As discussed further below, piston member 23 is operatively coupled to a valve comprising a valve closure member 46 and a seat 45 by means of rod members 26, 36, 51 and 49. Piston member 23 works in conjunction with the valve and another piston member 33 to provide a pressure regulation function in injection valve 1. Piston member 23 is slidable in such manner that the application of pressure by a fluid on its upper exposed surface applies a force on valve closure member 46 urging it towards seat 45. Conversely, pressure applied on the lower exposed surface of piston member 23 urges valve closure member 46 away from seat 45.

A smaller-diameter bore 25 disposed below bore 21 accommodates the lower portion of piston member 23. The diameter of bore 21 may be greater than the diameter of bore 25 preferably by an amount on the order of 1.4 times, although it is to be understood that a different ratio of the diameters of bores 21 and 25 is possible. Piston member 23 comprises a larger diameter upper portion that generally matches the diameter of bore 21 and a reduced diameter lower portion that matches the diameter of bore 25. Sealing between piston member 23 and bores 21 and 25 may be provided through highly polished surfaces and/or seal ring members designed to contain fluids at high pressure and temperature. It is to be understood that other suitable arrangements may be used to provide sealing between piston 23 and bores 21 and 25. An annular space 22 a is defined between piston member 23 and upper body segment 20. Annular space 22 a is in fluid communication with a passage 67, which may be provided in upper body segment 20 in order to vent annular space 22 a to the atmosphere to allow unhindered movement of piston member 23.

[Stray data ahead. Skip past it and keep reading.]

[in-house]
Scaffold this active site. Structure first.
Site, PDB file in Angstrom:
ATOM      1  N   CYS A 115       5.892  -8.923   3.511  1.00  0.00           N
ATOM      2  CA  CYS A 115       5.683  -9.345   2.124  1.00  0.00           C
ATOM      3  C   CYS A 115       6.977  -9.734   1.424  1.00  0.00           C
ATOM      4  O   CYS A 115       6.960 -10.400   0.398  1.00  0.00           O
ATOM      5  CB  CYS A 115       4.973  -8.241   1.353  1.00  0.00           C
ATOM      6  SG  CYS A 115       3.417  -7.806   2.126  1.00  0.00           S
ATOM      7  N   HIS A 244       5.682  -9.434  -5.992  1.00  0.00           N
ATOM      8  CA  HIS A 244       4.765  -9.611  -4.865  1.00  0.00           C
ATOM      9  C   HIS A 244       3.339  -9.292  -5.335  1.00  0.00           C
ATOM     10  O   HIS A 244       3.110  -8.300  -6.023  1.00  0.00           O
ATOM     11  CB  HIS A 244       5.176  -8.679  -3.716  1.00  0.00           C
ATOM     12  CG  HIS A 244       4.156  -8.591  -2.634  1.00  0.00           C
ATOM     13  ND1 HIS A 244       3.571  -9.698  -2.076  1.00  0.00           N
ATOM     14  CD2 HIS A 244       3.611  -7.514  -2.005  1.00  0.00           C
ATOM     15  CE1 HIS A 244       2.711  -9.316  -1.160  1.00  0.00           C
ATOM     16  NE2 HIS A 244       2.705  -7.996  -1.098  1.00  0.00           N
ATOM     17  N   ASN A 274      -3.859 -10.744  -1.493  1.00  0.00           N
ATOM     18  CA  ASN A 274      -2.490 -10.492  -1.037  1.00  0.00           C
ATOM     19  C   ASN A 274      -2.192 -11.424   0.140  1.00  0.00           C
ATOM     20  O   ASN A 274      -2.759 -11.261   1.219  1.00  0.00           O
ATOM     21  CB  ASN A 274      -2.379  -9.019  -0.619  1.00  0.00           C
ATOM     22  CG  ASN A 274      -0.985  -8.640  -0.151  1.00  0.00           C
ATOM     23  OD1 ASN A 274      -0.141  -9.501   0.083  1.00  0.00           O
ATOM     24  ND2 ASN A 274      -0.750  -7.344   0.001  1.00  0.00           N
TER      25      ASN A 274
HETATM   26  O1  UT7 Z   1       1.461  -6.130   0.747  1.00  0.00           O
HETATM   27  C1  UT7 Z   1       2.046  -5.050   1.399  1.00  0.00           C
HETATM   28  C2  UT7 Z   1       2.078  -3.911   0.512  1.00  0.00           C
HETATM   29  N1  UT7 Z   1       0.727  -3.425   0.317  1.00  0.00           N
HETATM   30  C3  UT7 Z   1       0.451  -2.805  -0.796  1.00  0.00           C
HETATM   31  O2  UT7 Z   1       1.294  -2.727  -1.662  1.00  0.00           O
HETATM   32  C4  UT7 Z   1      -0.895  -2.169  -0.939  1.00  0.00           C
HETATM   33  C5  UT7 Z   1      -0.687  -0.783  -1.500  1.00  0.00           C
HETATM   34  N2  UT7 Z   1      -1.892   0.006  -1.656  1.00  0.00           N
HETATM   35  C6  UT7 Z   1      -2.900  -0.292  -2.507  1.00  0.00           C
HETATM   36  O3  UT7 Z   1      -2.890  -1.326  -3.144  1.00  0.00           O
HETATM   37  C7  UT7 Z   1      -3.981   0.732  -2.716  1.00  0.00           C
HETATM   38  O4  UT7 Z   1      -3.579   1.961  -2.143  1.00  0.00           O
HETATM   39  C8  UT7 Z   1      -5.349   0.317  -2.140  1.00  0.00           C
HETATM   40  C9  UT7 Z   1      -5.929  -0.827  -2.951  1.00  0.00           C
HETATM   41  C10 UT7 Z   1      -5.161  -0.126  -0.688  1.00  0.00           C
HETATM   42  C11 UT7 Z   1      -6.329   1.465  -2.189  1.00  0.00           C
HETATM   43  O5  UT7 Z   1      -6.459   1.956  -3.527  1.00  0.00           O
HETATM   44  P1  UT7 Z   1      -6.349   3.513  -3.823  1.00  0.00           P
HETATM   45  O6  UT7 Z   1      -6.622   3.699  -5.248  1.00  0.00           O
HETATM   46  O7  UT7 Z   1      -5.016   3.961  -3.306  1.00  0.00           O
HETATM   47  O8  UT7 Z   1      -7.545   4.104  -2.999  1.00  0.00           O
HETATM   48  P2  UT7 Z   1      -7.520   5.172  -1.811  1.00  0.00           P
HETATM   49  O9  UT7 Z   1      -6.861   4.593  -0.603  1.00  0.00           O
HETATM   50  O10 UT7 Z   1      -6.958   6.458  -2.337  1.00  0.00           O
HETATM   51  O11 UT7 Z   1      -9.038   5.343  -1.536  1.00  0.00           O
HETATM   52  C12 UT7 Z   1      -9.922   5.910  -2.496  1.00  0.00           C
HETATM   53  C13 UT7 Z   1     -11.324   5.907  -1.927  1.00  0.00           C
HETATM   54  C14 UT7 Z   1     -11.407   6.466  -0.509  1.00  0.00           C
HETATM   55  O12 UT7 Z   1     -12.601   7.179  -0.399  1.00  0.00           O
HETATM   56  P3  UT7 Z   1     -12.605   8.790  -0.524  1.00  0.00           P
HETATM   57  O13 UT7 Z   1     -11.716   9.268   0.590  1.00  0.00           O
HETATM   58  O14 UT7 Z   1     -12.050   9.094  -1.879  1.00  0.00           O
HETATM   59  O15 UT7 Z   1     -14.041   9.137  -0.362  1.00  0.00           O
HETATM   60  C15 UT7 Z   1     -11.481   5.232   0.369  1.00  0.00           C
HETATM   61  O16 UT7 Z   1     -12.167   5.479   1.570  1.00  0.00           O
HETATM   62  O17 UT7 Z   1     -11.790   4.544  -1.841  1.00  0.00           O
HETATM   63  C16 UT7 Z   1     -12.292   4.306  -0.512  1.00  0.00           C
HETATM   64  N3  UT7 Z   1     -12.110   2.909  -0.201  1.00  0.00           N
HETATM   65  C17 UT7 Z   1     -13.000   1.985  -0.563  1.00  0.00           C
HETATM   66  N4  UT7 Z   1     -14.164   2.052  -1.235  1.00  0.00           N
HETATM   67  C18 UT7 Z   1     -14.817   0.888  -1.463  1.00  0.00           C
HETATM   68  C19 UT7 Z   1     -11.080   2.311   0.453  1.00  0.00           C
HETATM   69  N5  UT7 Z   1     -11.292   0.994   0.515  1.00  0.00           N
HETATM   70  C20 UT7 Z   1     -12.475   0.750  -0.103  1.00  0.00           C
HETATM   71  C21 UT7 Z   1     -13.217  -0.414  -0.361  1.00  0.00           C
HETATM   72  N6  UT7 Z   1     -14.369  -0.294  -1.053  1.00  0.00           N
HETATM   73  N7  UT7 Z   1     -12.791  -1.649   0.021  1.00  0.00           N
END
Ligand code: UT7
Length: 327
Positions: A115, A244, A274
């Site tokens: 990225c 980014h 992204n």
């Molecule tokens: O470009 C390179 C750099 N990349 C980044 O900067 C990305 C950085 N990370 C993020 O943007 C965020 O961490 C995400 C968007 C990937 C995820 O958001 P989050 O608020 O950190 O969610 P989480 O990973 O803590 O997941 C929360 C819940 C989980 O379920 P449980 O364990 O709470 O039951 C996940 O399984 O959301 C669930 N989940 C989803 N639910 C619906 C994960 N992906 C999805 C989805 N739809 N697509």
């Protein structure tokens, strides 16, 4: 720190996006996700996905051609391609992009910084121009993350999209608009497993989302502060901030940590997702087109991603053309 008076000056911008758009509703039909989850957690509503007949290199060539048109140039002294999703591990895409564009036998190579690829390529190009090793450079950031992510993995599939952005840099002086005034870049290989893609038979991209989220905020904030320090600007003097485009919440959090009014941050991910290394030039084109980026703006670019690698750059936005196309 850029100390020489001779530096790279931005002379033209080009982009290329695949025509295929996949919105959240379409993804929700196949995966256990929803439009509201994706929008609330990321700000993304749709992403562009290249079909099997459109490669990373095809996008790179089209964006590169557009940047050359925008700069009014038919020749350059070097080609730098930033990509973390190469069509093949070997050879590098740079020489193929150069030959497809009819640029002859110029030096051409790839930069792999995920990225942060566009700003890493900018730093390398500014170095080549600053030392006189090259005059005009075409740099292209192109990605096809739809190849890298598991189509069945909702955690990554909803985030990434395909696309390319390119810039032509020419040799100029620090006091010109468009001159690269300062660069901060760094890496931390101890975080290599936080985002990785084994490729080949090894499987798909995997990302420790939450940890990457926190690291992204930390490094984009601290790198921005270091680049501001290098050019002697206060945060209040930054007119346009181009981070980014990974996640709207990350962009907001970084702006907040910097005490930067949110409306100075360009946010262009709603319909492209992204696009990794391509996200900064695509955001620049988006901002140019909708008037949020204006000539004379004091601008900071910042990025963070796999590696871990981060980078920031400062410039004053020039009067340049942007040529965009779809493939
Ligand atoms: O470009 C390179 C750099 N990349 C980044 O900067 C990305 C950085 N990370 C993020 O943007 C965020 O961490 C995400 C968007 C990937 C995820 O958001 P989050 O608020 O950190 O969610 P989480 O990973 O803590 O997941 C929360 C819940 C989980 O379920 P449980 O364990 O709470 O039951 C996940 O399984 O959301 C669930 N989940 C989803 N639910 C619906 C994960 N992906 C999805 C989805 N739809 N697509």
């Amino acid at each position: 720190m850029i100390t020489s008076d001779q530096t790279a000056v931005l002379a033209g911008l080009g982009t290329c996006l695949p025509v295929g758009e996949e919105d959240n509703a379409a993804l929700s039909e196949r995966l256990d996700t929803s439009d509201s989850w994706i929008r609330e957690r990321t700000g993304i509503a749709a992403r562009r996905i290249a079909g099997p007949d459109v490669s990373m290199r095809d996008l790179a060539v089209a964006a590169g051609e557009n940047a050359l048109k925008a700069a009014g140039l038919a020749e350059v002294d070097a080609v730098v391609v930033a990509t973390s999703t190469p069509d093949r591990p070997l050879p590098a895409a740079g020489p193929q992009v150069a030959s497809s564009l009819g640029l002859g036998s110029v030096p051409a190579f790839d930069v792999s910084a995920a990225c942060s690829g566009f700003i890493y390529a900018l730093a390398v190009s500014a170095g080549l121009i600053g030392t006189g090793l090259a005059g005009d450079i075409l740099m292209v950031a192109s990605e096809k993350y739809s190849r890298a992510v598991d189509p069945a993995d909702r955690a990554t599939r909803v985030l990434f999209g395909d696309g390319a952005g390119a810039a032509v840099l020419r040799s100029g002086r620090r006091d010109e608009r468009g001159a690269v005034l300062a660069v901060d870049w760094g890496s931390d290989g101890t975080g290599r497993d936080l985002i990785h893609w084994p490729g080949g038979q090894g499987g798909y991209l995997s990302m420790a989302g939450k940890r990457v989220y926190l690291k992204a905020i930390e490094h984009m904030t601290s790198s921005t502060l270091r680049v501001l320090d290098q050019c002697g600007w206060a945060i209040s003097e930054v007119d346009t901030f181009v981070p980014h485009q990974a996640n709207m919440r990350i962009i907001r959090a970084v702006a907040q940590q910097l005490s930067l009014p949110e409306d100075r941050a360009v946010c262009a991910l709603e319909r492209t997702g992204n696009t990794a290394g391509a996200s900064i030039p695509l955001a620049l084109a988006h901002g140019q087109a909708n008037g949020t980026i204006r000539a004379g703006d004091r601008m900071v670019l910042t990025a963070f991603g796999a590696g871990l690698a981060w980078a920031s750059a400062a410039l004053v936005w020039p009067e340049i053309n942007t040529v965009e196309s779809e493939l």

A circular plate 27 is disposed below piston member 23 near the lower end of upper body segment 20. Circular plate 27 is of substantial construction to withstand high-pressure conditions. A circular aperture 29 in the center of circular plate 27 slidingly accommodates rod member 36, which is attached to the bottom of rod member 26. Sealing between rod member 36 and aperture 29 may be provided through highly polished surfaces and/or seal ring members designed to contain fluids at high pressure and temperature, but it is to be understood that other suitable arrangements may be used to provide sealing between rod member 36 and aperture 29. The lower end of rod member 26 is reduced in diameter and engages rod member 36 through a threaded connection. A recess in the inner wall of upper body segment 20 accommodates circular plate 27 and ensures that circular plate 27 is concentrically disposed with respect to rod members 26 and 36.

A chamber 24 is defined within bore 25 of upper body segment 20 between piston member 23 and circular plate 27. A passage 61 provided in upper body segment 20 connects chamber 24 to conduit 6 (see FIG. 2) which supplies heavy oil to chamber 24. Pressure exerted by the heavy oil in chamber 24 exerts an upward force on piston member 23, which in turn urges valve closure member 46 away from seat 45. Chamber 24 is also in fluid communication with a plurality of radial passages 68 a positioned around circumference of rod member 26. Radial passages 68 a are perpendicular to rod member 26 and provide fluid communication between chamber 24 and a swirl device 70 through a central passage 68 extending along rod members 26, 36 and 51 and radial passages 68 b in rod member 51.